Unachievable beauty standards touted on the internet are enough to make some people want to become someone else.
Increasingly, abuse of social media is making that possible.
Imagine scrolling through Instagram or Facebook only to discover your personal pictures, name or entire life is being used by someone else. It is a scary thought, and not something that you would expect. However, that is exactly what happened to 24-year-old Andrea Christodoulous.
According to Detective Brevet Sergeant Dennis McManus of the South Australia Police, Ms Christodoulous is not alone: “Identity theft is increasing.”
Ms Christodoulous told The Newsroom she had discovered two active Instagram accounts using her photos on “an alias name”.
“At first I was only aware of one of the accounts, which had up to 2,500 followers until my friends looked into it and discovered that there was a second, which I was evidently blocked from viewing.”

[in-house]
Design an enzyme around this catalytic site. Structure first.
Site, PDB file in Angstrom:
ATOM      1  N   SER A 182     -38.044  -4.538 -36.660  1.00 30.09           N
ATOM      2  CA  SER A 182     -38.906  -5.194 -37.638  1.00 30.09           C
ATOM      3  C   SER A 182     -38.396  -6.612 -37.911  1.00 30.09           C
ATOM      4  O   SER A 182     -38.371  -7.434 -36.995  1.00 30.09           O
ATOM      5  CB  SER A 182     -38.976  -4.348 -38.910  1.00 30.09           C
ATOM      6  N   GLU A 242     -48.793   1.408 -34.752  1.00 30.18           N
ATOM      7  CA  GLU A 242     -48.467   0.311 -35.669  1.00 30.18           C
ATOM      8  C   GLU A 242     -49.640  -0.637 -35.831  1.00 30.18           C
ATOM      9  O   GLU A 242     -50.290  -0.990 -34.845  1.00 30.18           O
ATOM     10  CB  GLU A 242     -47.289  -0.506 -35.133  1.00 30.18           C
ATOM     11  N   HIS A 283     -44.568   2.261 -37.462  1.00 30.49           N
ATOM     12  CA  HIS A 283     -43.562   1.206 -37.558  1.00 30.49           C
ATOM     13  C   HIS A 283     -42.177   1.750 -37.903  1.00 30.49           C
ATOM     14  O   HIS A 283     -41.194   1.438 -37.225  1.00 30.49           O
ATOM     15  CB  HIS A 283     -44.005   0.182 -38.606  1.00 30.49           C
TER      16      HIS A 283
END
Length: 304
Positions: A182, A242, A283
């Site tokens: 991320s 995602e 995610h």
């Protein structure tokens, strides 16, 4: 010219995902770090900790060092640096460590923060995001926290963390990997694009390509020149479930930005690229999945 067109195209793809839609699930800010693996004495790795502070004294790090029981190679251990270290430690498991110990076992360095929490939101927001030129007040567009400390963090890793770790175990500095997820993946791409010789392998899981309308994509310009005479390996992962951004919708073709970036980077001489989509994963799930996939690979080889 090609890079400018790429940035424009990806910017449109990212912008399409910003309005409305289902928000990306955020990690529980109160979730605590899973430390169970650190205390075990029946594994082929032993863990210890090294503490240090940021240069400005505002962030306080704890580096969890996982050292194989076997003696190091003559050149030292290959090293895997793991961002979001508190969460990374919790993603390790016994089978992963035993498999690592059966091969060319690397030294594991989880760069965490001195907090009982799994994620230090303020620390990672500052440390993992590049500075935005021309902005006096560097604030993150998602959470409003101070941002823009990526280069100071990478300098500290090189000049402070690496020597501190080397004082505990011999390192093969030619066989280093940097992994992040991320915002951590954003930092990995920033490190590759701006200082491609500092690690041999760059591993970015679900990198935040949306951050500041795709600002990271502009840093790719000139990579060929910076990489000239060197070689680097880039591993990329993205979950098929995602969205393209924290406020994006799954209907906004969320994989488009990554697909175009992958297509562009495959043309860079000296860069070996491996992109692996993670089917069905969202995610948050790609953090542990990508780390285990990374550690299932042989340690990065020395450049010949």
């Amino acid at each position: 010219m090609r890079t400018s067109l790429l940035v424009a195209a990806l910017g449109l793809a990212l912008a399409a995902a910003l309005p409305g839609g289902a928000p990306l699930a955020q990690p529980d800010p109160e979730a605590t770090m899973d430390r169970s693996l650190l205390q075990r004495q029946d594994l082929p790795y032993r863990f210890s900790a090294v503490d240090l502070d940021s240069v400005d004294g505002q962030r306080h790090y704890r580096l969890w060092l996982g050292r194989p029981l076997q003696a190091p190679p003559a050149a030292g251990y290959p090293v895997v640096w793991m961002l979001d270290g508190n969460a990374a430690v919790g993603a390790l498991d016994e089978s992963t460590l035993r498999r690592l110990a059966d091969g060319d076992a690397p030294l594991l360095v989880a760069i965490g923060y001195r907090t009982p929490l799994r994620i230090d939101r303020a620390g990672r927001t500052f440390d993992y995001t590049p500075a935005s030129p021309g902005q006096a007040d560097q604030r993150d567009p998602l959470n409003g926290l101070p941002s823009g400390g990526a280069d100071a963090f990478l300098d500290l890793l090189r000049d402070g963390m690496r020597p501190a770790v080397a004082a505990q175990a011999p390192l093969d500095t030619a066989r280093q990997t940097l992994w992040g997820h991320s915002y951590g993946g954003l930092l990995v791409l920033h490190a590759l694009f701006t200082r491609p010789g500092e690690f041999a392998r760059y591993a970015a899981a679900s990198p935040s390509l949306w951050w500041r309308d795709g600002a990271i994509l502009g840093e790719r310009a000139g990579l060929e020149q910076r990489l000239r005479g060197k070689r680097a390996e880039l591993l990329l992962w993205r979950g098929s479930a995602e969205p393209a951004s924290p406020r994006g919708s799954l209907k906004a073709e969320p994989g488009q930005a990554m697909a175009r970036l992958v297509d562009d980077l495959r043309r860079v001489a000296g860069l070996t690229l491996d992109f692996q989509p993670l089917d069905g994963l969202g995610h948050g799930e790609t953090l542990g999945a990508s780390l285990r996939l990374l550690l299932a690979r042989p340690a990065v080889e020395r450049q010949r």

Ms Christodoulous told The Newsroom her friends thought ‘catfishing’ was the intended purpose of the account – luring unsuspecting and vulnerable people into fake relationships. That made her feel “a bit sick in the stomach”, she says, “But I knew it was probably a lot more innocent than that and more likely fuelled by some sort of insecurity.” She discovered the false identities had been in use for two years.
The theft was discovered by chance when one of the accounts’ operators liked the business account of one of Ms Christodoulous’ friends. The friend noticed a familiar photo being used by the liker, and drew Ms Christodoulous’ attention to it.
The identity thief portrayed a fairytale life lived between Melbourne and Mykonos, using Ms Christodoulous’ traveling photos. “She was carrying out full conversations with strangers about where she was currently traveling in Europe while posting from a suburban street in Adelaide.”
It seems society has become too trusting of a system that can deceive anyone. “If anyone had bothered to check the location tab she would have been caught out a lot sooner,” Ms Christodoulous said, “but it is evidently an integrated tool that is used too trustingly without thought by many social media users.”